Type of Thesis
Dr. Peter Newton
Dr. Alastair Norcross
Animal product consumption is environmentally inefficient, destructive to wildlife habitat, and a large contributor to climate change. However, animal product consumption is expected to increase per capita with a growing world population. In order to understand state actor interventions to reduce animal product consumption in the United States, I conducted a literature review on past interventions to affect dietary behavior domestically and abroad and conducted correlation analysis on agricultural subsidies, environmental regulations, and nutritional guidelines. Acknowledging the U.S. context, I ultimately recommend three phases for state actor intervention. Between now and 2020, civil society and market actors should build awareness about connections between animal agriculture and negative consequences starting with health. Starting in 2020, state actors, including the federal government, should utilize newfound political support from the public to build awareness, including factually accurate 2020 Dietary Guidelines for Americans, climate- and health-friendly public procurement standards, and potentially even health labels on animal products. Starting in 2024 or 2029, depending on levels of public support, the federal government should update its Farm Bill to decrease subsidies for animal operations and feed crops while increasing subsidies for climate- and health-friendly specialty crops, in conjunction with transitional programs to assist farmers. Furthermore, the federal government might consider food-specific taxes that tax products based on their climate or health impacts, in which the revenue supports healthy food access for low-income communities. Interventions by state actors will promote large-scale dietary shifts that support climate change mitigation and improved human health.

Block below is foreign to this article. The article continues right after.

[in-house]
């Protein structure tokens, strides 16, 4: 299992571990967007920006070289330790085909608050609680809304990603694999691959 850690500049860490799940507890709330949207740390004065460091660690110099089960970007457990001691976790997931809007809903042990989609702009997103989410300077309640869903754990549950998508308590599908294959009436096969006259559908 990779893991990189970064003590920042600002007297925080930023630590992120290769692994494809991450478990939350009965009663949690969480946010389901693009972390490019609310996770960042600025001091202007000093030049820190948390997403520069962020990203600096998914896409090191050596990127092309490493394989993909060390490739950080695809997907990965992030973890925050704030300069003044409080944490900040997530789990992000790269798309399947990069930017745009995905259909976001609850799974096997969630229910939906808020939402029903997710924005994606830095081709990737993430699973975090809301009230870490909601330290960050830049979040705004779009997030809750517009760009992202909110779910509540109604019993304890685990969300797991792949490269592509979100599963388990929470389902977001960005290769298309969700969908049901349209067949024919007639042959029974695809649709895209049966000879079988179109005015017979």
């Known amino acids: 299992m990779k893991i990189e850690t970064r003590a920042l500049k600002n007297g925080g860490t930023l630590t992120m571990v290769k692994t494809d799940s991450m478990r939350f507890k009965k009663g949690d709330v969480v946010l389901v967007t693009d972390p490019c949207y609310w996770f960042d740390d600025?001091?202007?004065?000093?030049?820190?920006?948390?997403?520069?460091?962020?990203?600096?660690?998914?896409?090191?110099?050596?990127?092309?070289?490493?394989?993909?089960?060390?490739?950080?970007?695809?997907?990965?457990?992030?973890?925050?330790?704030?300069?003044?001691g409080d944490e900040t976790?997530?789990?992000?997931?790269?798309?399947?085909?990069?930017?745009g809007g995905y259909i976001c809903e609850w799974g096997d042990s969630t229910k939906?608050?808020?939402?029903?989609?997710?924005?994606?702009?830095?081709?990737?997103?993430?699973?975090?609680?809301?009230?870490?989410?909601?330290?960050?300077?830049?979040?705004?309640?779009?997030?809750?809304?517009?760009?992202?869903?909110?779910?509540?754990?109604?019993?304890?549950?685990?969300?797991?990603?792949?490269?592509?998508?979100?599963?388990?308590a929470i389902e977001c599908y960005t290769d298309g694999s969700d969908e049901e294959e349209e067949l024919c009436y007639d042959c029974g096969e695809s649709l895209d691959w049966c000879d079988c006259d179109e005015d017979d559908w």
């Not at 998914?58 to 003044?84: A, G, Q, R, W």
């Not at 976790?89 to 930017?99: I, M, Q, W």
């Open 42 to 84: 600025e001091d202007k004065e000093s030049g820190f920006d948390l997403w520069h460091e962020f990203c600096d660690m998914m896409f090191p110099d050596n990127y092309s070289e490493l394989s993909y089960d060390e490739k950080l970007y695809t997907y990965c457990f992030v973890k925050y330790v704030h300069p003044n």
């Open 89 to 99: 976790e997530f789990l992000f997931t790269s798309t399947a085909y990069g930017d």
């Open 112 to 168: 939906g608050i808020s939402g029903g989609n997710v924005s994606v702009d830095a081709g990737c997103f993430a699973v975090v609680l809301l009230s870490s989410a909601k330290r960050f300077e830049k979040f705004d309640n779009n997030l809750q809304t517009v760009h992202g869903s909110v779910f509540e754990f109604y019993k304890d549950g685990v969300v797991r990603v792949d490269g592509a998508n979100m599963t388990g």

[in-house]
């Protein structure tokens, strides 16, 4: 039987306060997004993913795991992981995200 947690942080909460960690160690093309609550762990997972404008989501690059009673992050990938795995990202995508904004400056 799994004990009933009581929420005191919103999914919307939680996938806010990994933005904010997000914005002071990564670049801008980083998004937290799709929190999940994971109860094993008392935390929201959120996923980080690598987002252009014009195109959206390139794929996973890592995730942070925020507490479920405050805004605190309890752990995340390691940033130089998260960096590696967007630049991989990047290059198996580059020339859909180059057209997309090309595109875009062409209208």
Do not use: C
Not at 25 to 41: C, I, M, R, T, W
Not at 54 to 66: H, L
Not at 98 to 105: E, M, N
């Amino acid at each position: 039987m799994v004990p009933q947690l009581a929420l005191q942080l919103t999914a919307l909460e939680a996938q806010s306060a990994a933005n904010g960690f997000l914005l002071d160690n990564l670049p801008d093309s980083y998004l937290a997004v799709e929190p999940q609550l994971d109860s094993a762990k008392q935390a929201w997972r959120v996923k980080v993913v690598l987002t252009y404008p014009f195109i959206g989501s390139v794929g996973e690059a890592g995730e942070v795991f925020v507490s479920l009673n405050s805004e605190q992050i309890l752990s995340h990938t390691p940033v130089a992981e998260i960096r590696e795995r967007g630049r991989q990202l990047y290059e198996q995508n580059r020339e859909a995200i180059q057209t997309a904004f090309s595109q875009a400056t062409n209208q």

Sigle, Zoë H., "Reducing Animal Product Consumption in the United States with State Interventions: Possibilities, Limitations, and Recommendations" (2016). Undergraduate Honors Theses. 1130.